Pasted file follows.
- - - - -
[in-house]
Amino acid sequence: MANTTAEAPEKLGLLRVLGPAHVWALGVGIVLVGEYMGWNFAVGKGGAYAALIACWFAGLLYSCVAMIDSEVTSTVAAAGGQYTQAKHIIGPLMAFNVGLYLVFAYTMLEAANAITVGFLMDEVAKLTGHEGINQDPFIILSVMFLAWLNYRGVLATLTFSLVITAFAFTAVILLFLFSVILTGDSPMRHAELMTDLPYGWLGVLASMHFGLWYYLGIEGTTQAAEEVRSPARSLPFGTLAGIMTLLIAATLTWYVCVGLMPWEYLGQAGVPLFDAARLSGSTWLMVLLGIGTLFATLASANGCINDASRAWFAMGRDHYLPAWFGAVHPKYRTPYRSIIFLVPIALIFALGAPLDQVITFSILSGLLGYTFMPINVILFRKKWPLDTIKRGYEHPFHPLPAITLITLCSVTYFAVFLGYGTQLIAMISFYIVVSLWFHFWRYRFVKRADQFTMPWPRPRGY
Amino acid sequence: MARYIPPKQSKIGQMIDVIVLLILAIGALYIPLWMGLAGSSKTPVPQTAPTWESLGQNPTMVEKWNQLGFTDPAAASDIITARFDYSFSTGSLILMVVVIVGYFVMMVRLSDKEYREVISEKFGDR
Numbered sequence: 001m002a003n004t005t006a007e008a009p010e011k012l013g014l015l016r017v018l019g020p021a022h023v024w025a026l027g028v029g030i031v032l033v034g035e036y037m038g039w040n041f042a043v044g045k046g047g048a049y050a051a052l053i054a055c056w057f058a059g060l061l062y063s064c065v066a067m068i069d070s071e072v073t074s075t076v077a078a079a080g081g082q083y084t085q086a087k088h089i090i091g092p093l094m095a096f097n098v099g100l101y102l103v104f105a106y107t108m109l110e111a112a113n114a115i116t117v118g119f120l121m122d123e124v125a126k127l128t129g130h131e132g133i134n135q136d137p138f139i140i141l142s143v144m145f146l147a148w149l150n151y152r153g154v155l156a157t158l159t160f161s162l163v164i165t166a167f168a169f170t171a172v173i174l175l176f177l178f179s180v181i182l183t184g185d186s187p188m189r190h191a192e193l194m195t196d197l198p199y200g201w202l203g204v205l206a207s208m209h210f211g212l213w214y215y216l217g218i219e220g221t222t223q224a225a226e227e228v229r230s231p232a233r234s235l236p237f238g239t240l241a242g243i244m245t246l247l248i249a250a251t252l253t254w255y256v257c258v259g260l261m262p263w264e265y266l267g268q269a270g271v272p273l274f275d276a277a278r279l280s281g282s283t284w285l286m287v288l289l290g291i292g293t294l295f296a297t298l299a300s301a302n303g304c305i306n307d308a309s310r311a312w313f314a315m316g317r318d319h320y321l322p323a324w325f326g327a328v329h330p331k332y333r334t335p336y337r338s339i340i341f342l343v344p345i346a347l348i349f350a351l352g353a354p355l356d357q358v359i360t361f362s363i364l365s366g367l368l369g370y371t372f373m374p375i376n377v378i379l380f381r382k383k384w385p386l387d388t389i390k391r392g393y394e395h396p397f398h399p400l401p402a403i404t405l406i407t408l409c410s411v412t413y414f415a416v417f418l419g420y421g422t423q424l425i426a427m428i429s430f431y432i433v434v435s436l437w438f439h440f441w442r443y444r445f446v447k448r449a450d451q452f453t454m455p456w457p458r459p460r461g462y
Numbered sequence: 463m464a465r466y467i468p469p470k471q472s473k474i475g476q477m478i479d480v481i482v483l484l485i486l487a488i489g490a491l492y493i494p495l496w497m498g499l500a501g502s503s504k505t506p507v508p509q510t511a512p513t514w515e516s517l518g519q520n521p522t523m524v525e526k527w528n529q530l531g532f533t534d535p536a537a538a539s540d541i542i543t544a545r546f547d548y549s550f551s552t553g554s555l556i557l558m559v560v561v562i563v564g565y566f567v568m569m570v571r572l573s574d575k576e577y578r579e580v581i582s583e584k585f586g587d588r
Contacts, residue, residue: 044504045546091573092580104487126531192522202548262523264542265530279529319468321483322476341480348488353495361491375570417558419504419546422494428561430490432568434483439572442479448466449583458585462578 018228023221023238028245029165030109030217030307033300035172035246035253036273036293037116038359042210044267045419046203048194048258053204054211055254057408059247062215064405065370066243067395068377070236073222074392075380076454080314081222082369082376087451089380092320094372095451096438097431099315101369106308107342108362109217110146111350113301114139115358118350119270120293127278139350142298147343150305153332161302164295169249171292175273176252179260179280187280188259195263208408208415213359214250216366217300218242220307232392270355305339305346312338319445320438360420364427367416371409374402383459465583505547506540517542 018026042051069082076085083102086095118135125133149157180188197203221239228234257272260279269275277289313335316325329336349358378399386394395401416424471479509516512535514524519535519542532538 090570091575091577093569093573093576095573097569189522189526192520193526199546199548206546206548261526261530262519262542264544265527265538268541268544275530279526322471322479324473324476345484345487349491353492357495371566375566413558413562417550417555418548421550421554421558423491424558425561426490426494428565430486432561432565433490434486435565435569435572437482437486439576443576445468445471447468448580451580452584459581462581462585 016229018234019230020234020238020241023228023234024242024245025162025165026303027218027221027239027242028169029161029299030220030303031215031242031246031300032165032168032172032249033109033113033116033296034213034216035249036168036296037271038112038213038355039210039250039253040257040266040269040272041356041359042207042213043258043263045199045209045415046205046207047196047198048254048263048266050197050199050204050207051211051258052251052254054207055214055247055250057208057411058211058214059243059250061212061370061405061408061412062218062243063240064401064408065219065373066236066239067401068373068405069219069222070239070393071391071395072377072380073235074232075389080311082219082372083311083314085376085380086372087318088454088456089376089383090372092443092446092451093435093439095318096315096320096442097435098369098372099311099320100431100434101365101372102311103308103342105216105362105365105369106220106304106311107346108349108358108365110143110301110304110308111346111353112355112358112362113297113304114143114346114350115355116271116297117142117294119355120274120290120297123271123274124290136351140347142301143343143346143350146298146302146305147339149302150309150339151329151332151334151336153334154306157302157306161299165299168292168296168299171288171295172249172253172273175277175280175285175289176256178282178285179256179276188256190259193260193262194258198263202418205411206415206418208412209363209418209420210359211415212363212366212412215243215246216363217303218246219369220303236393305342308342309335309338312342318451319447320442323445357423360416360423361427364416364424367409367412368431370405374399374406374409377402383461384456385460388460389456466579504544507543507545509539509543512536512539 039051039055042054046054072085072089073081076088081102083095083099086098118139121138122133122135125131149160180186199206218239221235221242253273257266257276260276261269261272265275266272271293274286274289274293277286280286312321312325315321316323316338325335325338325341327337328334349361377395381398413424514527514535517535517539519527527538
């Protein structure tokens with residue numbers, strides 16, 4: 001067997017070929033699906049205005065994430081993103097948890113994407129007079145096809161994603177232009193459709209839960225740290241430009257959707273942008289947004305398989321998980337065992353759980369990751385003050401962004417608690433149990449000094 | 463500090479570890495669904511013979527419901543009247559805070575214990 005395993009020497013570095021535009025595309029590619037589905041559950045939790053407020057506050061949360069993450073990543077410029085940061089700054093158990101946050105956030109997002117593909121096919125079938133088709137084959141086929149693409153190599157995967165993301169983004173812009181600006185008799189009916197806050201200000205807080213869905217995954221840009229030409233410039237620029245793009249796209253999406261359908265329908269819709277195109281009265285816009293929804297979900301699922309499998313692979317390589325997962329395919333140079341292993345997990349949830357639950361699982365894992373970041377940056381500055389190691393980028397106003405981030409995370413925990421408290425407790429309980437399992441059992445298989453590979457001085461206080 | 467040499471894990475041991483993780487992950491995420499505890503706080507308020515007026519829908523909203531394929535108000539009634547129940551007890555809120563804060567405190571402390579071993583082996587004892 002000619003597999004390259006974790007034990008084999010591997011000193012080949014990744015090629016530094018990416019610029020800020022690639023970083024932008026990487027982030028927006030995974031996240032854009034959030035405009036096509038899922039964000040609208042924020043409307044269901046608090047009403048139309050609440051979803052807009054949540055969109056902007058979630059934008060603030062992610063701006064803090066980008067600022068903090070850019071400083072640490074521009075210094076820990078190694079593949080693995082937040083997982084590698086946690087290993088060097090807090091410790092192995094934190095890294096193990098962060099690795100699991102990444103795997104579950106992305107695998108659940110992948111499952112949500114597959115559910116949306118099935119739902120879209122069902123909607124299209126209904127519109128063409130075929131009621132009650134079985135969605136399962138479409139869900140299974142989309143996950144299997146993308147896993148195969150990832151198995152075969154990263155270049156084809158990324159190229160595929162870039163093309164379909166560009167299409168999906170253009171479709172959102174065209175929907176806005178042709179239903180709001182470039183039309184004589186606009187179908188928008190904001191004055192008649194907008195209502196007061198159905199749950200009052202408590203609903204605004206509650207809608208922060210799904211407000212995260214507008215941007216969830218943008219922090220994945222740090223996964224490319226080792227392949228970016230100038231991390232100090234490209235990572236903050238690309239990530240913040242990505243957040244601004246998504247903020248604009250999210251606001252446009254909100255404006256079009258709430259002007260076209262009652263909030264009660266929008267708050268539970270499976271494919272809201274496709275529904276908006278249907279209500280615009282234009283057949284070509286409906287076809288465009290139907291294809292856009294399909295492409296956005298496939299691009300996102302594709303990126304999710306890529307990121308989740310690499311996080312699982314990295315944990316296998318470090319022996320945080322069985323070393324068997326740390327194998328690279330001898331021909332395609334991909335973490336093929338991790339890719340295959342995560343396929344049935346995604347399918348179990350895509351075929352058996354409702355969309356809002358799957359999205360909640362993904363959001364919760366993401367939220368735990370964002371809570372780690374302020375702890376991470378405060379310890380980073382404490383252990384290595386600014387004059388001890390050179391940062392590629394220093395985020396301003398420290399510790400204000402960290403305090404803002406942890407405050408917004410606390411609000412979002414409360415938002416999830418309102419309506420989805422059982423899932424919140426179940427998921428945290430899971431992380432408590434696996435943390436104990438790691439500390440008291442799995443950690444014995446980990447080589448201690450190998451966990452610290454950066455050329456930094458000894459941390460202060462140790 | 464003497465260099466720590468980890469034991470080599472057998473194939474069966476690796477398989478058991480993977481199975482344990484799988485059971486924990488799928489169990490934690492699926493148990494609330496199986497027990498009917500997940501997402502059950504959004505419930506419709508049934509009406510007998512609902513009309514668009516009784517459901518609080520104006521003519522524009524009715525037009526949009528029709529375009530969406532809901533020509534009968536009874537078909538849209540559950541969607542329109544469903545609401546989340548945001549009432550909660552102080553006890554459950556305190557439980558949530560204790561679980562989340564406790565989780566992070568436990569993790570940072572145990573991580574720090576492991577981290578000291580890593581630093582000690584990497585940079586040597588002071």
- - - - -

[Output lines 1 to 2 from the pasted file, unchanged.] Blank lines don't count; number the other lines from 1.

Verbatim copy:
[in-house]
Amino acid sequence: MANTTAEAPEKLGLLRVLGPAHVWALGVGIVLVGEYMGWNFAVGKGGAYAALIACWFAGLLYSCVAMIDSEVTSTVAAAGGQYTQAKHIIGPLMAFNVGLYLVFAYTMLEAANAITVGFLMDEVAKLTGHEGINQDPFIILSVMFLAWLNYRGVLATLTFSLVITAFAFTAVILLFLFSVILTGDSPMRHAELMTDLPYGWLGVLASMHFGLWYYLGIEGTTQAAEEVRSPARSLPFGTLAGIMTLLIAATLTWYVCVGLMPWEYLGQAGVPLFDAARLSGSTWLMVLLGIGTLFATLASANGCINDASRAWFAMGRDHYLPAWFGAVHPKYRTPYRSIIFLVPIALIFALGAPLDQVITFSILSGLLGYTFMPINVILFRKKWPLDTIKRGYEHPFHPLPAITLITLCSVTYFAVFLGYGTQLIAMISFYIVVSLWFHFWRYRFVKRADQFTMPWPRPRGY